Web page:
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McGillicuddies will refocus military training

McGillicuddy Serious
Social policy unit

Telephone +64 4 385 6728

Tuesday, 19 October 1999
Press release - no embargo

McGillicuddies welcome military training scheme

McGillicuddy Serious welcomed NZ First proposals for the reintroduction of compulsory military training. The party said that while the proposals were not party policy, McGillicuddy Serious would engage favourably with the idea in any post-election coalition discussions.

McGillicuddy Spokesperson on Social Policy Joseph Rastapopoulous said that the party would refocus the scheme to areas of greatest need. “Career politicians and failed MPs often have difficulty re-entering the workforce. They suffer from social dislocation, attitude problems and lack self-discipline. They have difficulty finding productive employment and often become a burden on the taxpayer or end up in non-productive areas like consultancy work or policy analysis.”

“MPs often leave the job with completely unrealistic expectations,” said Rastapopoulous, “a period of long hours of hard physical training, being shouted at and a climate of disempowerment should help them relocate themselves in the real world and encourage them to engage with today’s highly competitive workforce. They need to accept submission to authority and learn life skills like boot polishing and potato peeling. It will be a sharp shock for some of them who are used to spending all day sitting around in front of the TV cameras.” Mr Rastapopoulous said that the scheme would not be compulsory, “but would be a requirement before receiving any form of taxpayer assistance, such as pensions, perks or consultancy fees.”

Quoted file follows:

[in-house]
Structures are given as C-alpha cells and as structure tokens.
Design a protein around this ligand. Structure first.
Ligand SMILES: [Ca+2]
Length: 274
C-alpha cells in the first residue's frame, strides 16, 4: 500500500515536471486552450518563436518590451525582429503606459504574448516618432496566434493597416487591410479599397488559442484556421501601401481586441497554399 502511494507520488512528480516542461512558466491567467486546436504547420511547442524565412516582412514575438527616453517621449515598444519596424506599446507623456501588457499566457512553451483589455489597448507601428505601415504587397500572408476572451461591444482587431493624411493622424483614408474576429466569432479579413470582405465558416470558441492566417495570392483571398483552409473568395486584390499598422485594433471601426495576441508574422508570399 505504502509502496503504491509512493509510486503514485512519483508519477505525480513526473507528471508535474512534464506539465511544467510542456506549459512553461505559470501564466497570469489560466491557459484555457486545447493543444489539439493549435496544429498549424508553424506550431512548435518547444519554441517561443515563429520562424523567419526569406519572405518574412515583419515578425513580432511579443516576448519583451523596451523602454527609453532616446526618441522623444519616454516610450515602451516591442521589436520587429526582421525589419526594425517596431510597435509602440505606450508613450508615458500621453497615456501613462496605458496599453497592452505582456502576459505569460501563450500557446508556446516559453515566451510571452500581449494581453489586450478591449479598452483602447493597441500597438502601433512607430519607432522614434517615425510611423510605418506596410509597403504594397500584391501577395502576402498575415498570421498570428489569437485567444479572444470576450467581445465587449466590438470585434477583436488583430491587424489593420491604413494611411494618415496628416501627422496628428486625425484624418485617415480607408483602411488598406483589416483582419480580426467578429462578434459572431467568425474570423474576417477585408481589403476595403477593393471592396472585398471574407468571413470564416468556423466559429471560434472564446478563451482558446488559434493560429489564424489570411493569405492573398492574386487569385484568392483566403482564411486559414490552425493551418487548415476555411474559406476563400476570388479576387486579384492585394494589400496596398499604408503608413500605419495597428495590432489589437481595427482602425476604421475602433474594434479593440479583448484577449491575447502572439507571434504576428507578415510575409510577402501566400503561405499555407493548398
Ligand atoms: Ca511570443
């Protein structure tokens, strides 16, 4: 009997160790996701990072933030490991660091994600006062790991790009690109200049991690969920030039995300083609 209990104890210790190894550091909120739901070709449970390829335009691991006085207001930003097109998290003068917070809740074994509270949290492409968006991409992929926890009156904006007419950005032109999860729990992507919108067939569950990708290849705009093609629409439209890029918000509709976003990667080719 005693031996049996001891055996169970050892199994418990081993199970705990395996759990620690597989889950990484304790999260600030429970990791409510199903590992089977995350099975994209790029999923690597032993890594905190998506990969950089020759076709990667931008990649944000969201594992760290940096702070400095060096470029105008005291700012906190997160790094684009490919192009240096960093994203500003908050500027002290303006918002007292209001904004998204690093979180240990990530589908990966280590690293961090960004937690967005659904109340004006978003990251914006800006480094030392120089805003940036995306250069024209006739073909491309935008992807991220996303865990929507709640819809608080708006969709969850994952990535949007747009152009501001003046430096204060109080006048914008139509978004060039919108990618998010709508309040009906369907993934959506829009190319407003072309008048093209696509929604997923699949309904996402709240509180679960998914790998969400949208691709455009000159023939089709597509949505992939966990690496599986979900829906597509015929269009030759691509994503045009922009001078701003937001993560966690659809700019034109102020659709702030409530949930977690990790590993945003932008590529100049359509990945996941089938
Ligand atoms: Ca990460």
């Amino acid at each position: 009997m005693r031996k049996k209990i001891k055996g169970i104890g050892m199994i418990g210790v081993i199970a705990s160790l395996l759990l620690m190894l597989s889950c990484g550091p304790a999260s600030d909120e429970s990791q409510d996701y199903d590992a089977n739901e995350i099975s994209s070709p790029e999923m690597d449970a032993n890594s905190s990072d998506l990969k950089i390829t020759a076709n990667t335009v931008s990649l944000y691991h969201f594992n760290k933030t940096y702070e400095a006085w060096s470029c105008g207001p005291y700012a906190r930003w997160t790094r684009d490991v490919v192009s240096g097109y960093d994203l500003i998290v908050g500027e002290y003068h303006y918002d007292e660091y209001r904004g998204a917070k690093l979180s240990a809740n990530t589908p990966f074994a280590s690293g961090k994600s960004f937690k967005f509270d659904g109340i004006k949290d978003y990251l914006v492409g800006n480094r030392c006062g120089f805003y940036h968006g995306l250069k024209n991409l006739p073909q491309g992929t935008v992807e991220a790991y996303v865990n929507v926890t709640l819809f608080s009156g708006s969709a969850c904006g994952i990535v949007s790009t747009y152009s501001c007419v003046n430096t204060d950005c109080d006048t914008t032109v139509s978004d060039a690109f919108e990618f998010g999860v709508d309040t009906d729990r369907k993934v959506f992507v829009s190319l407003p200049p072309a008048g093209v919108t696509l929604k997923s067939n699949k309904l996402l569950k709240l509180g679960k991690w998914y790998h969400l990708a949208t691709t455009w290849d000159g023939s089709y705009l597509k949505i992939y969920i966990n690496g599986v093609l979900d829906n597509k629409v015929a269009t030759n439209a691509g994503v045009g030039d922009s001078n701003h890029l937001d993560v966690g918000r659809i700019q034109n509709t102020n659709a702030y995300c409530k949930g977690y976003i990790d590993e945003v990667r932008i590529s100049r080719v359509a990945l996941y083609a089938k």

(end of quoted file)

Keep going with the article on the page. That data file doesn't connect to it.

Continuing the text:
“I know we’ll be criticised for throwing good money after bad and creating a safety net for no-hopers, but if you take account of the social costs incurred by these people this scheme will save the taxpayer money in the long term.”

For further information contact:

Joe Rastapopoulous

Telephone 04 385 6728 or 04 384 1364

e-mail: joerastapopoulous@hotmail.com

© Scoop Media

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